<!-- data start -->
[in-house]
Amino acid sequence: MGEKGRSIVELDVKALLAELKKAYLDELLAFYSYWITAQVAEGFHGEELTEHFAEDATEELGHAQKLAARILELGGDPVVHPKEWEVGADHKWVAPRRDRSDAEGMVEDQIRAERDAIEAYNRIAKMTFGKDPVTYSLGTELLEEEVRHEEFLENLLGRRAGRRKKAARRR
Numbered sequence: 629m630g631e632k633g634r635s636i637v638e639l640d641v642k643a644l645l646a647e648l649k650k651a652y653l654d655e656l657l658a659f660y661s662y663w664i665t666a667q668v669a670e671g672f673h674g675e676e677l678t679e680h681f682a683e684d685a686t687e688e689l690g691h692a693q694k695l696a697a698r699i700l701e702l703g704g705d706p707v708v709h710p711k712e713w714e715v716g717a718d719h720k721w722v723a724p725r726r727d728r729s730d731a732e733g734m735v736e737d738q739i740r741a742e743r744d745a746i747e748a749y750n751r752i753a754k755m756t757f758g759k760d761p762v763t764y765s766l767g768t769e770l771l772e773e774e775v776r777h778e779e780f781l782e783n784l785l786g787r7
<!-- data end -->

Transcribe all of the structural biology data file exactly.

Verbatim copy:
[in-house]
Amino acid sequence: MGEKGRSIVELDVKALLAELKKAYLDELLAFYSYWITAQVAEGFHGEELTEHFAEDATEELGHAQKLAARILELGGDPVVHPKEWEVGADHKWVAPRRDRSDAEGMVEDQIRAERDAIEAYNRIAKMTFGKDPVTYSLGTELLEEEVRHEEFLENLLGRRAGRRKKAARRR
Numbered sequence: 629m630g631e632k633g634r635s636i637v638e639l640d641v642k643a644l645l646a647e648l649k650k651a652y653l654d655e656l657l658a659f660y661s662y663w664i665t666a667q668v669a670e671g672f673h674g675e676e677l678t679e680h681f682a683e684d685a686t687e688e689l690g691h692a693q694k695l696a697a698r699i700l701e702l703g704g705d706p707v708v709h710p711k712e713w714e715v716g717a718d719h720k721w722v723a724p725r726r727d728r729s730d731a732e733g734m735v736e737d738q739i740r741a742e743r744d745a746i747e748a749y750n751r752i753a754k755m756t757f758g759k760d761p762v763t764y765s766l767g768t769e770l771l772e773e774e775v776r777h778e779e780f781l782e783n784l785l786g787r7